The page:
I finished reading Karen Kingsbury’s Just Beyond the Clouds. The story is a good one about two broken people having a difficult time moving on in their lives. But it was a secondary element that fascinated me.
In it, the heroine was a schoolteacher with a little sister who has Downs Syndrome. The heroine, after being left at the altar, becomes a teacher at a center for adults with Downs.
The part that fascinated me wasn’t that she loved what she did. We all hope for and shoot for that. It was that her joy and purpose in what she did raised a question in my mind. That question wasn’t stated in the book, but the book planted the thought in my mind, and I found myself asking:
When I do what I do, do I feel God’s joy in it? Is He happy, sad, proud or disappointed?
To be utterly honest, I’m not sure what made me make that connection. But it stuck in my mind and I find now I’m asking myself those questions a lot.
God gives us all skills and gifts He hopes we will use wisely. To me, wisely means in ways that honor Him. Glorify Him, so that those who happen upon or benefit from what we do, see the work and/or us as examples of Him at work in our lives. That they will be intrigued enough to want it/Him in their lives, too. And that hope for the effort begs the question of His reaction to what we do.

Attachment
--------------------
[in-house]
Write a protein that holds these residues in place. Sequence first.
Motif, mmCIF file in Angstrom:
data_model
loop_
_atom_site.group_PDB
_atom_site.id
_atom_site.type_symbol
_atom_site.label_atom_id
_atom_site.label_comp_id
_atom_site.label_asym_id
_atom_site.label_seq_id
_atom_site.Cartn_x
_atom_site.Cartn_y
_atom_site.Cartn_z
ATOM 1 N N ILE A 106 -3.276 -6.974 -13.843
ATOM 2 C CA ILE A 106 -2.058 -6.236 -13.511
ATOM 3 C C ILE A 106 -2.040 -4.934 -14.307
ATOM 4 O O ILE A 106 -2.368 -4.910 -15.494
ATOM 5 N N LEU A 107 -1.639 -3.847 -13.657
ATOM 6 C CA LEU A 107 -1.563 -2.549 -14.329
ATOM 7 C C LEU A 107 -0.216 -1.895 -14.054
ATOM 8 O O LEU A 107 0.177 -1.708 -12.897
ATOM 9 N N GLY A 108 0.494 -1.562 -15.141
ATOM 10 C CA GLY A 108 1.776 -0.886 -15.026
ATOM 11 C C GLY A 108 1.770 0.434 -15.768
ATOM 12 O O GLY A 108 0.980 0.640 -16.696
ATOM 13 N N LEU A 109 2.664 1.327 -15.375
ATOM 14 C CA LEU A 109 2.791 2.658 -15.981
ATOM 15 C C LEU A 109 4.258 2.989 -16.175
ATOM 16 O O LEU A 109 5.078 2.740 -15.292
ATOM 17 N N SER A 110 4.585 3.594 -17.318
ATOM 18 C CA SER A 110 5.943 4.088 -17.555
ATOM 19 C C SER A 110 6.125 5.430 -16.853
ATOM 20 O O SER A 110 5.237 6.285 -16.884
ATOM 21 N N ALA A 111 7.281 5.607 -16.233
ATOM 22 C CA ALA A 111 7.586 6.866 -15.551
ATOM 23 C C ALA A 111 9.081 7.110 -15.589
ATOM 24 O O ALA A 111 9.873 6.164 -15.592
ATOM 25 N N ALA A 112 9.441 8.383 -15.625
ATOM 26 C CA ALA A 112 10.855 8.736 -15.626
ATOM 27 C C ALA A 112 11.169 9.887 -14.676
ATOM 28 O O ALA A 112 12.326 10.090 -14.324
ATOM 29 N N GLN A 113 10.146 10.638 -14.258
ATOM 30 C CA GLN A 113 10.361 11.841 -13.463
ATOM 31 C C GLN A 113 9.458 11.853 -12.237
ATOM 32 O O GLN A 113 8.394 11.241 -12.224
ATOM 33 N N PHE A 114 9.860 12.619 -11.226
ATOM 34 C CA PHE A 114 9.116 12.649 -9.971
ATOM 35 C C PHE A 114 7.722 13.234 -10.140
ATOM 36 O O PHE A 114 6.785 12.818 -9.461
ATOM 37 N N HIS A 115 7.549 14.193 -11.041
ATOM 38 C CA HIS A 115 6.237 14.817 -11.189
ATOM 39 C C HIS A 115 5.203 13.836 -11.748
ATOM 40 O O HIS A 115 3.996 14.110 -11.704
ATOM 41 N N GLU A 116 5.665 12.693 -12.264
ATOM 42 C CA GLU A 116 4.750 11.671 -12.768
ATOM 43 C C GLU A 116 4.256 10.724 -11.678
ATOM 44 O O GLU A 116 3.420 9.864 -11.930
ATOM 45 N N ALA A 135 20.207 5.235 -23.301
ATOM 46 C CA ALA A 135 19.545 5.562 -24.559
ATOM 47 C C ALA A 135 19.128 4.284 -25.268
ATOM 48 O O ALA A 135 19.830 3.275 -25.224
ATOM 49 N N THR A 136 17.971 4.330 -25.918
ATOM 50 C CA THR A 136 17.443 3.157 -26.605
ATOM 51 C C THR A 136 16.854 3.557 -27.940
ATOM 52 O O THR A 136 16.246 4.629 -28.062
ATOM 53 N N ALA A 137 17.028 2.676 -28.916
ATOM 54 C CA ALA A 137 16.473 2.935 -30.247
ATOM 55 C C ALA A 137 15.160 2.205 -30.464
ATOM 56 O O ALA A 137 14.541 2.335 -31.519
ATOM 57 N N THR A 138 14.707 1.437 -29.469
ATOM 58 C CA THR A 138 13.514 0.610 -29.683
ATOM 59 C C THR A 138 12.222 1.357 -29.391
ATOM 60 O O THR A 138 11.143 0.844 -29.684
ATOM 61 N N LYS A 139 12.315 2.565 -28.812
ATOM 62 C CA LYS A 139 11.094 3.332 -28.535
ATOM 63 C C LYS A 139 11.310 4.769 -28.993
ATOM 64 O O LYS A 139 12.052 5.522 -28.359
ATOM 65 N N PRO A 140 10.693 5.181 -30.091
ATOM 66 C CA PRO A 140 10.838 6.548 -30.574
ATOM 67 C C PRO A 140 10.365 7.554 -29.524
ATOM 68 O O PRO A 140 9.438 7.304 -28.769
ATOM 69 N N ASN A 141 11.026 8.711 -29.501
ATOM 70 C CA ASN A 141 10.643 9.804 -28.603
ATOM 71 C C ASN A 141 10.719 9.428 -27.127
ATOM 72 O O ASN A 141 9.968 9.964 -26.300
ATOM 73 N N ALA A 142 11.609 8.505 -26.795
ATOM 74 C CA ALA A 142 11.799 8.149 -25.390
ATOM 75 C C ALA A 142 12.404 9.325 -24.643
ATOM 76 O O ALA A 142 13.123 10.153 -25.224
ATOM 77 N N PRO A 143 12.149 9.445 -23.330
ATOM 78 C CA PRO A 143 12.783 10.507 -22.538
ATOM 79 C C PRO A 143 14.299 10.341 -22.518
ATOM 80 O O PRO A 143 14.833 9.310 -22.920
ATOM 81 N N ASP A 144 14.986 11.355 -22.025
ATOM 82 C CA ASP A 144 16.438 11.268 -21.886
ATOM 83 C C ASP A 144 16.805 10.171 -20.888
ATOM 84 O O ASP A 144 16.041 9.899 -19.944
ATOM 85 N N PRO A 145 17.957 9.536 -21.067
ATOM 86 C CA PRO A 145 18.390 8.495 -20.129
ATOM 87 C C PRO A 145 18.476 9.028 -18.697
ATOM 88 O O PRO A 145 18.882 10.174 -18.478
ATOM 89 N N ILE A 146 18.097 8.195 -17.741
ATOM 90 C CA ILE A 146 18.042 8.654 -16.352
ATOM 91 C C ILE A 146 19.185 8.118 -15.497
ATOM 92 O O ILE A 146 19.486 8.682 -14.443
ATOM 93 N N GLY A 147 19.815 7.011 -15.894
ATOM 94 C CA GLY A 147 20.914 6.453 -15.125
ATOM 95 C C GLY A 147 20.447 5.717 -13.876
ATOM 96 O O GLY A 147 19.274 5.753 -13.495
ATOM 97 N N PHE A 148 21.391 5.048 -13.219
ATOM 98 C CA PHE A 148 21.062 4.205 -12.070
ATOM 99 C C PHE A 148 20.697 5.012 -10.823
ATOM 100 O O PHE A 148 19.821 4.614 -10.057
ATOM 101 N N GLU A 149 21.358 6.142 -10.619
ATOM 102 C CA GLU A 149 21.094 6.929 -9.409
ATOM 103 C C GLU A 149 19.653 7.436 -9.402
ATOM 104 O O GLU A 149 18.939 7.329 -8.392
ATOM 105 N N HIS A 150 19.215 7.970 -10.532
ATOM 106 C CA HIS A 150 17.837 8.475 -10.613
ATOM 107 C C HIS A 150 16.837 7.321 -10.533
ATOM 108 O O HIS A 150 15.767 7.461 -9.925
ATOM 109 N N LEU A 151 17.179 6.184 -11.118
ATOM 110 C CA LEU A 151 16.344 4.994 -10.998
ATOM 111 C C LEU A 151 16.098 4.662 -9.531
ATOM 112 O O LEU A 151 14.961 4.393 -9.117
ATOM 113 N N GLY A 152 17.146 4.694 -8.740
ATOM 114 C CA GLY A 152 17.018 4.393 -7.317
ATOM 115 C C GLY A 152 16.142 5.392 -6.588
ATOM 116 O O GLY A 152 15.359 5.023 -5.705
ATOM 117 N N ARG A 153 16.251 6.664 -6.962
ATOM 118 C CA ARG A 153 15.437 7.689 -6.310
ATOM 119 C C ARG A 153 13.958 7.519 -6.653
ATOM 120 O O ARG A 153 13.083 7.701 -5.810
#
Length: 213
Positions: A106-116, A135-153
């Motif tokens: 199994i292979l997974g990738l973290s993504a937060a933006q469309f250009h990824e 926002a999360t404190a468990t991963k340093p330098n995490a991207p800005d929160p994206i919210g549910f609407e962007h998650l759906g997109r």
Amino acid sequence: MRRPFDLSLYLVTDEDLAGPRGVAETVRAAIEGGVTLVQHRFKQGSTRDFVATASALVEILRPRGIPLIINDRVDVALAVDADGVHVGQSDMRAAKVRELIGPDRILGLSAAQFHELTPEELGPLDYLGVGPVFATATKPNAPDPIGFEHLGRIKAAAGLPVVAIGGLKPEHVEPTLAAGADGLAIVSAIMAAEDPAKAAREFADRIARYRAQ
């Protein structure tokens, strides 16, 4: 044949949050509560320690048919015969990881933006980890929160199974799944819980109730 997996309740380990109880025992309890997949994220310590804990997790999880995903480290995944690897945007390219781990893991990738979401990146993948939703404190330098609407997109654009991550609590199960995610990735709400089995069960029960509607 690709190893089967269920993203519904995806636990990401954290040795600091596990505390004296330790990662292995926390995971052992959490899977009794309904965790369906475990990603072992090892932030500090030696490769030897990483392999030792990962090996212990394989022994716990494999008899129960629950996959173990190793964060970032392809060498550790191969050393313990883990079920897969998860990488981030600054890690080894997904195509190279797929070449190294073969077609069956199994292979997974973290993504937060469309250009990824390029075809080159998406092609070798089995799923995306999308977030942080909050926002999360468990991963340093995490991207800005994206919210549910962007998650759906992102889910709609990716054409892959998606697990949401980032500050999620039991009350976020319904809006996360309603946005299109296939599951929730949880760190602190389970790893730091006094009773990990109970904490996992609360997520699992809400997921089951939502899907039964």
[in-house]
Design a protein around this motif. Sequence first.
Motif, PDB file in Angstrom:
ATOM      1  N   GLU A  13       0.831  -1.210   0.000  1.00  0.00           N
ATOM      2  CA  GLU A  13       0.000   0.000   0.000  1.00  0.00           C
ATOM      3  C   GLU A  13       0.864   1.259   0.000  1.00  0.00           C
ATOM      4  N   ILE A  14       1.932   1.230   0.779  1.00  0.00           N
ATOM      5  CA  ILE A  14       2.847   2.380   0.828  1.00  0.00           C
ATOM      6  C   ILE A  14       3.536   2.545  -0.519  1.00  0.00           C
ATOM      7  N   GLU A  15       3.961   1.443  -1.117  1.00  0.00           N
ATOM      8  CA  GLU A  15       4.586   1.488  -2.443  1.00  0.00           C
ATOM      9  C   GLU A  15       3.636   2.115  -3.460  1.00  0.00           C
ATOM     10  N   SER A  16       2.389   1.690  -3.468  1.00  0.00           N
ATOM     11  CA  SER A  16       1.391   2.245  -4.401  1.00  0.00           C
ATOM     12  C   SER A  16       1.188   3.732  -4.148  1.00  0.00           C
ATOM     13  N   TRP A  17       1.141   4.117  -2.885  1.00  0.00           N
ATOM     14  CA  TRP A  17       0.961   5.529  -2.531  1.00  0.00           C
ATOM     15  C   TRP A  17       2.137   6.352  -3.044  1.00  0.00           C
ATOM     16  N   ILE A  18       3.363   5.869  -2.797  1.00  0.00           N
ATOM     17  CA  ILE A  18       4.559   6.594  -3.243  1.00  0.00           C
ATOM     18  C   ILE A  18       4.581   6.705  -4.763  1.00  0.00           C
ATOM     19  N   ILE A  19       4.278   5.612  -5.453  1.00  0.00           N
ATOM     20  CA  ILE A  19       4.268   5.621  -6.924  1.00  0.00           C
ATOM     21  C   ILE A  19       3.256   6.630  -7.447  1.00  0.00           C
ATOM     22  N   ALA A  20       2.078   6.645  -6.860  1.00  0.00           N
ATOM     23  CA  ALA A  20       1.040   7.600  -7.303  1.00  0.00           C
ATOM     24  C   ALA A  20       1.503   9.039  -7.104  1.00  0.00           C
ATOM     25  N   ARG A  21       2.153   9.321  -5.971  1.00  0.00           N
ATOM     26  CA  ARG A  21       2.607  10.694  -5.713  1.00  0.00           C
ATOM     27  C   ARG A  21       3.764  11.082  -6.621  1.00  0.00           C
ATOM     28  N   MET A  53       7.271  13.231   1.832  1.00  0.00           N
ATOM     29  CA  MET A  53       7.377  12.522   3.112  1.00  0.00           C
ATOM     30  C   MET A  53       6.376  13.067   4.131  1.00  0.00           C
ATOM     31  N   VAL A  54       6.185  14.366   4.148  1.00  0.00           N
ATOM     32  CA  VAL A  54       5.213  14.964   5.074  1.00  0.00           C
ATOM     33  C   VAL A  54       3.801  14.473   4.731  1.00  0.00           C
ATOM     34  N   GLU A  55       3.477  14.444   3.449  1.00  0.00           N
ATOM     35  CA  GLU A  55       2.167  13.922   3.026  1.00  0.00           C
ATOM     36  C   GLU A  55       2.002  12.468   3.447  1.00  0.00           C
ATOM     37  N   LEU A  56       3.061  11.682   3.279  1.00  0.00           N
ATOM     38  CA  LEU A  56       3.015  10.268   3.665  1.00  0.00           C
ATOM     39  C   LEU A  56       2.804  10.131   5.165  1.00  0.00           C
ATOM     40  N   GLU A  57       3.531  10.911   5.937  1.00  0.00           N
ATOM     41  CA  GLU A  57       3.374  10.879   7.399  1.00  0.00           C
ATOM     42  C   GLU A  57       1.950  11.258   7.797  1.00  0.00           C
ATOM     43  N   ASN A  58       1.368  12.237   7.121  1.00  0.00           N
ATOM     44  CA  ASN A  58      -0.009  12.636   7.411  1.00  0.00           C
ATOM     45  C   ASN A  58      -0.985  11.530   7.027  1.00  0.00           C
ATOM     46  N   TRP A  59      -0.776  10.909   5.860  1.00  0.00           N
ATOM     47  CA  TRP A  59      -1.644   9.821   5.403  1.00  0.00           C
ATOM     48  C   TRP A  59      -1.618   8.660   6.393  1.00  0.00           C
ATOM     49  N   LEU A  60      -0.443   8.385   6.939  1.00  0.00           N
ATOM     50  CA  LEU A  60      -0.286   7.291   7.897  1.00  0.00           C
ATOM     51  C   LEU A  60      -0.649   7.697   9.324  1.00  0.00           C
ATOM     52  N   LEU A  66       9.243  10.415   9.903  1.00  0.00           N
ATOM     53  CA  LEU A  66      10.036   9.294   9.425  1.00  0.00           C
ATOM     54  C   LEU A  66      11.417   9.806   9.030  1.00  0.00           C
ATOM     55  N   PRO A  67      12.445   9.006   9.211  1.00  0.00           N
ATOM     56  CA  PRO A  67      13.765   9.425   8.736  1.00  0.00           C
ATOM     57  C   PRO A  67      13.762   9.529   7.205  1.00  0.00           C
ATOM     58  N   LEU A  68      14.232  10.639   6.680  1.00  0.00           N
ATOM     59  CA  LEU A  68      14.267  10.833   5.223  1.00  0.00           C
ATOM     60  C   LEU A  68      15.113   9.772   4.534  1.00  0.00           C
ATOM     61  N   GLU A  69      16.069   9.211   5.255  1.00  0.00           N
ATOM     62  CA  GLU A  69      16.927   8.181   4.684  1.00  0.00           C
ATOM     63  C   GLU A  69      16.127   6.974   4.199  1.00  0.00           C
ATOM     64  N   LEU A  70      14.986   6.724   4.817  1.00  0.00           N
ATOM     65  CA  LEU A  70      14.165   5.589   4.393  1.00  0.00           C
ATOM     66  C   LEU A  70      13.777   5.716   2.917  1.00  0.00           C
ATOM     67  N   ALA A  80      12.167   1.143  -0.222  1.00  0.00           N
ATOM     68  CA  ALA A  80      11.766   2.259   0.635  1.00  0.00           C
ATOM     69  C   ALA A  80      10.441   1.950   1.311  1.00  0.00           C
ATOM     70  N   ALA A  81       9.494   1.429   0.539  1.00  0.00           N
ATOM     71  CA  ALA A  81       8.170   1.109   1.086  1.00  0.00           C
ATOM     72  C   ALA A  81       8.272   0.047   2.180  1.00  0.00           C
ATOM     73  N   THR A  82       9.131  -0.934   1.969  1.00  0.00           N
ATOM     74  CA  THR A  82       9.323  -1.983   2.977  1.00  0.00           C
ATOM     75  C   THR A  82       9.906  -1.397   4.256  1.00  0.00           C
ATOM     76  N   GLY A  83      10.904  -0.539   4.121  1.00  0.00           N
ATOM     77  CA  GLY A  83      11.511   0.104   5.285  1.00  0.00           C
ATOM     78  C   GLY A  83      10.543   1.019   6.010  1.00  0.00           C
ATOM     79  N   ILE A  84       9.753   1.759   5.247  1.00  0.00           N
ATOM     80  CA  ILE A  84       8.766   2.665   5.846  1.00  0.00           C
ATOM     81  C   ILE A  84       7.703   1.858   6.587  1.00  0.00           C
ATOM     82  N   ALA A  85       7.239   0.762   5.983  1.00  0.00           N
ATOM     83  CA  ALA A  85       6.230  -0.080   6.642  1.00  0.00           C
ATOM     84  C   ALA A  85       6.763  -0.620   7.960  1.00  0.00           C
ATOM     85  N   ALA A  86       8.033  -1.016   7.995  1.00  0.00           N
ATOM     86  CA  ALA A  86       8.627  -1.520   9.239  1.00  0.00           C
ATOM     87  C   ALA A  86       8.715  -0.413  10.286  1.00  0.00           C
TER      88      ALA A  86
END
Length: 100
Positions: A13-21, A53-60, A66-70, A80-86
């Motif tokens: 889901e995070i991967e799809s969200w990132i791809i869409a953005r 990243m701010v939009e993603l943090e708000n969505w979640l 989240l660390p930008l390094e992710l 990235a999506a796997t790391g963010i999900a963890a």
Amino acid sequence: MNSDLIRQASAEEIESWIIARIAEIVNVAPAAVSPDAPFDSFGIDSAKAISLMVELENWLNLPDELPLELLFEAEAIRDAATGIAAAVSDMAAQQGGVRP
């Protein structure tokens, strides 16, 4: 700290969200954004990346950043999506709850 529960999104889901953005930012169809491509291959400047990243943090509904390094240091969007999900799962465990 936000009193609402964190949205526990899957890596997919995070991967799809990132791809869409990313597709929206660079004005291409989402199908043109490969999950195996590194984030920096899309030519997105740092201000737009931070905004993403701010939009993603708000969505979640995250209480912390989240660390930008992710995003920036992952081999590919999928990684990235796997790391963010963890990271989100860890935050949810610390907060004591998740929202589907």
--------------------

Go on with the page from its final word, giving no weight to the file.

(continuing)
Sooner or later in every life, a person asks what his or her purpose is and how s/he can go about filling it. Some stumble over it, some search most of their lives for the answer to that question. And some seem to know exactly their purpose from the cradle. There’s insight in whatever the case might be for each of us. Insight into God, and into His trust and His faith in us.
There’s also a key insight lurking there about His respect for the free will He gave us. He honors it. Even when the parent in Him wants to warn us off, or redirect our destructive behavior into constructive channels, He honors His free will gift.
So the “Why am I here?” and “What am I supposed to be doing?” are normal questions. But I think the deeper question is the one revealed: When I do what I do, is God joyful?
Does He celebrate or mourn? Is he proud or ashamed? Does he laugh or weep?
You see my point. It kind of makes us see things just a little differently, doesn’t it? It did me, and I hope sharing it will do the same for you. Oh, I know we all crave parental approval, but this is the ultimate and eternal parental approval—far more significant and enduring.
And so I walk away, carrying this revelation with me. As I move through my actions and deeds and even my thoughts, I’ll be asking myself that deeper question often in planning what I can plan in my life. I think there is much to be learned and gained in the responses.